Given the familiarity of the scenario that is enrolling now, current events have already been labelled the Snow Revolution, a designation that is perhaps not very catchy, but very fitting given the meteorological backdrop of Dzhioyeva’s vigil. Yet despite the very similar set-up, there are some important differences in comparison to the Tangerine Revolution in Abkhazia. Unfortunately for Dzhioyeva, South Ossetia’s parliament and all the Republic’s top officials seem securely on the hand of Kokoity and Bibilov. In 2004, Abkhazia’s Parliament and its Vice President favoured opposition candidate Bagapsh, while the security services declared their neutrality. The current legal situation is also different. There is now a Supreme Court ruling that is not easily overturned, whereas in Abkhazia in 2004, Khajimba’s supporters merely forced the Central Election Commission to issue revised results, a decision that could easily be undone once more. So while Dzhioyeva may be an excellent personification of a people patiently but adamantly refusing to have its will be denied, she is facing a formidable challenge. Instead of a Snow revolution, her people may simply face a South Ossetian Winter.

On the other hand, there are also difference that speak in favour of a positive outcome. The election result and the injustice is much clearer now than during the Tangerine Revolution in 2004, when Bagapsh scored a mere 50.08% majority, when the participation of Mingrelian voters was indeed questionable from a constitutional point of view and when the alternative was a comparatively reasonable second round run-off. Also, whereas in 2004, outgoing President Vladislav Ardzinba was the father of the Abkhazian nation and his words carried a lot of weight, South Ossetia’s President Kokoity is an upshot ex-wrestler who enjoys little respect. Finally, South Ossetia is notoriously small, its population in the tens of thousands. In such a small community, where everyone knows everyone, including officials, it will prove hard to ignore the determined will of the people when it feels it has been subjected to a grave injustice.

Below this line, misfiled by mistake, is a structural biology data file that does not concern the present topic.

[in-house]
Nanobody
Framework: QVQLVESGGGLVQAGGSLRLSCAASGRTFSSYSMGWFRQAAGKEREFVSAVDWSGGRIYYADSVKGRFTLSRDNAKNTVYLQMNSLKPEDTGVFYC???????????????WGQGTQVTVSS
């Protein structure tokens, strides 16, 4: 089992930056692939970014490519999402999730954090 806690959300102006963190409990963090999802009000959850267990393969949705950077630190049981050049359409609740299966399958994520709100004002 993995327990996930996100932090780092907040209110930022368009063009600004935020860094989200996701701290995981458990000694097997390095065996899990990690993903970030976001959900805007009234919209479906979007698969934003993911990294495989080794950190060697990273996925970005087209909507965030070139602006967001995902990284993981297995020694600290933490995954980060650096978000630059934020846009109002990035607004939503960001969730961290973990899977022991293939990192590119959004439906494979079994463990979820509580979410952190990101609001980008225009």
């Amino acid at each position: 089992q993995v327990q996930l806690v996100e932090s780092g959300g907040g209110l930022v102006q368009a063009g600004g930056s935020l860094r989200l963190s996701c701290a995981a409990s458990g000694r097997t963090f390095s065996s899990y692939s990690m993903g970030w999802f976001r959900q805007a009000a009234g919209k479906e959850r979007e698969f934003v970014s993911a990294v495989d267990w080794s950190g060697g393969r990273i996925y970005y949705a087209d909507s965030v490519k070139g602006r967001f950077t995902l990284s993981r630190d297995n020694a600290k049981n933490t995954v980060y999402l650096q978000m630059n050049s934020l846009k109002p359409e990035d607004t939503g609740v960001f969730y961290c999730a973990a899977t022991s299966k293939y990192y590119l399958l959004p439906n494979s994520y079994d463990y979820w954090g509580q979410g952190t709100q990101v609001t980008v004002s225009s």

Maurice Bonnot of the Institute of Democracy and Cooperation in Paris expressed the problem very elegantly: South Ossetia’s political actors need to learn how to lose.

Filed under: Abkhazia, Elections, Russia, South Ossetia, , , , , ,